Watching these hopelessly outmatched candidates, I kept thinking back to one of the great lines from last summer’s January 6th hearings in the House of Representatives. Trump’s former campaign manager, Bill Stepien, described how, after the 2020 election, he and others had been part of Team Normal, those who tried and failed to convince Trump that he had really lost the election, only to find themselves pushed aside in favor of Team Crazy, whose members, led by Rudy Giuliani, aided and abetted Trump’s lies about the rigged election. The Republican debate stage in Milwaukee this week was filled with candidates who came from what passes for Team Normal in today’s G.O.P., figures such as Trump’s former Vice-President, Pence; Trump’s former U.N. Ambassador Haley; and Trump’s former friend and adviser Christie.

      The polls these days about the Republican race for 2024 are clear: Team Normal is a sideshow, and a highly compromised one at that. There should be little doubt that most of those who now claim to have moved on from Trump, such as Haley and Pence, will nonetheless raise their hands and vote for him again if they have to. For Republicans, for now, there is, once again, only Team Trump.

      Maureen Dowd: Live by RICO, Die by RICO

      Giuliani went from cleaning up corruption to ginning up corruption, from crimebuster to criminal defendant in Georgia and unindicted Co-Conspirator 1 in D.C. Rudy, the prosecutor who made his reputation aggressively pursuing RICO cases, is now Rudolph William Louis Giuliani, a defendant in the Georgia RICO case about the deranged plot to steal the election.

      We have seen many cases of mobsters turning state’s evidence for prosecutors. But now we have the rare experience of seeing a prosecutor turn into a mobster.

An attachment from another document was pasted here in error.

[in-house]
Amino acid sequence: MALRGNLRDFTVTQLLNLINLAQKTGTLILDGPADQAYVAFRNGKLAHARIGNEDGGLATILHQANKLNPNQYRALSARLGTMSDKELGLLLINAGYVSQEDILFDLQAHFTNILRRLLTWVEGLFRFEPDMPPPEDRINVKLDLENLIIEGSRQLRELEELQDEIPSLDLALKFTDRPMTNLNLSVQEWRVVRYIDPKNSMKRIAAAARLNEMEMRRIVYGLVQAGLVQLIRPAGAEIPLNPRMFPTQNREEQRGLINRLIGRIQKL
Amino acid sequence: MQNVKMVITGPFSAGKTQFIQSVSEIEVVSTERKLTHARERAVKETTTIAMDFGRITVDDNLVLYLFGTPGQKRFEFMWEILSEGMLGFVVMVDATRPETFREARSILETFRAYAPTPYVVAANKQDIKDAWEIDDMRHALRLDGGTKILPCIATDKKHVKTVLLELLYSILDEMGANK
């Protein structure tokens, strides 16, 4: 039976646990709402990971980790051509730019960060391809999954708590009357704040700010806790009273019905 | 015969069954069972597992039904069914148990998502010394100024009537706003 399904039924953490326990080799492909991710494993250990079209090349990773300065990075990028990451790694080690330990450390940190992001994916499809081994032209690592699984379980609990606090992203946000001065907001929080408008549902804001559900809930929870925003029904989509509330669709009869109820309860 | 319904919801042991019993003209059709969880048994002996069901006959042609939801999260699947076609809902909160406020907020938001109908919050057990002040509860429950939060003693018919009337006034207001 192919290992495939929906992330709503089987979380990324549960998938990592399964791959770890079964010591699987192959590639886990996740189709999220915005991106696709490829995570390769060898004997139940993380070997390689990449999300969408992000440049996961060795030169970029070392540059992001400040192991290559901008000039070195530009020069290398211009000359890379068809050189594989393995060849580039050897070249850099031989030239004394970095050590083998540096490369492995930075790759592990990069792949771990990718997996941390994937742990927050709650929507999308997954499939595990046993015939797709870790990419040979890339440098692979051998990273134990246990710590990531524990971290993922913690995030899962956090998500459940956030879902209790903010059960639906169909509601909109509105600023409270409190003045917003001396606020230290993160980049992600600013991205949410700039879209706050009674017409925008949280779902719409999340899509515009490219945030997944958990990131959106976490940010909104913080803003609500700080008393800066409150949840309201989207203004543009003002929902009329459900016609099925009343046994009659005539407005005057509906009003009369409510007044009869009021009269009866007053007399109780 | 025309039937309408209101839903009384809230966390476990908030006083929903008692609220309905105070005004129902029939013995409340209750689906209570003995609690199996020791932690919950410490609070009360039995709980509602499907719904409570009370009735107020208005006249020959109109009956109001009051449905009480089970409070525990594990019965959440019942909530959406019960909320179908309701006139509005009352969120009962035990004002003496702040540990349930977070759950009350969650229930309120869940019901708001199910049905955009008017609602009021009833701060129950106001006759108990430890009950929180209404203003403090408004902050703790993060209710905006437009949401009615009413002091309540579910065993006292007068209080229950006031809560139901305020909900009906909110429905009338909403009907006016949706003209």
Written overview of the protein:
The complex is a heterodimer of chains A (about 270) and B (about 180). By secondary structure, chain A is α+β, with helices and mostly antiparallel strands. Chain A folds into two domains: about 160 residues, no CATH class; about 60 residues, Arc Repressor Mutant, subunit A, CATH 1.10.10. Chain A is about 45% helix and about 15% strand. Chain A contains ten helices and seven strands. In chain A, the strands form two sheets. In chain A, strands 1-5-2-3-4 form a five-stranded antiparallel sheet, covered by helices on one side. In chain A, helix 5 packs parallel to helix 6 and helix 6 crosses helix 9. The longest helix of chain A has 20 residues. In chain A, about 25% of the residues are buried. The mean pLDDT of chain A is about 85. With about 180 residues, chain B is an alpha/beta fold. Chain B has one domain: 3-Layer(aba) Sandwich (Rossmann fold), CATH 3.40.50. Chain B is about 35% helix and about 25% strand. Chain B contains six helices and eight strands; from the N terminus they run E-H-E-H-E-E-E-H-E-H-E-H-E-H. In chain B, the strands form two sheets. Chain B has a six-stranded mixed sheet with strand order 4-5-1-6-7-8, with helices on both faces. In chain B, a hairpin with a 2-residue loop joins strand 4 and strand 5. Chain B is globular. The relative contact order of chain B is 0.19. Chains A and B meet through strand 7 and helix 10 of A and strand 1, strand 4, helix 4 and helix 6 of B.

After all those years spent prosecuting the Five Families in New York, Giuliani surrendered himself to the lamest mob boss there ever was: Don Trump.

      We saw the coup attempt play out, but it’s startling to see the Georgia indictment refer to this criminal organization, members of the enterprise, corruptly solicited and acts of racketeering activity.

      Trump, mentored by mob lawyer Roy Cohn, always loved acting like a mobster, playing the faux tough guy, intimidating his foes, swanning around like John Dillinger, Al Capone and John Gotti. He told Timothy O’Brien, the author of TrumpNation: The Art of Being the Donald, that he admired Gotti because the mobster sat through years of trials with a stone face. In other words, tough, Trump said.

      Trump both fetishized mobsters and did business with them, O’Brien told me. The way he fetishizes mobsters informs this fascination he has about Putin and Kim Jong-un. He loves ‘bad-ass’ guys who roll like they want to roll. He sees himself the same way.

      Rudy wants to be the mob slayer and then he winds up doing mobster-like things and getting in bed with a wannabe mobster, O’Brien said, and neither one of them can shoot straight, and they end up getting in trouble with the law. It’s a dime-store psychodrama that is both comic and grotesque at the same time.


      Michelle Goldberg: Vivek Ramaswamy Is Very Annoying. It’s Why He’s Surging in the Polls.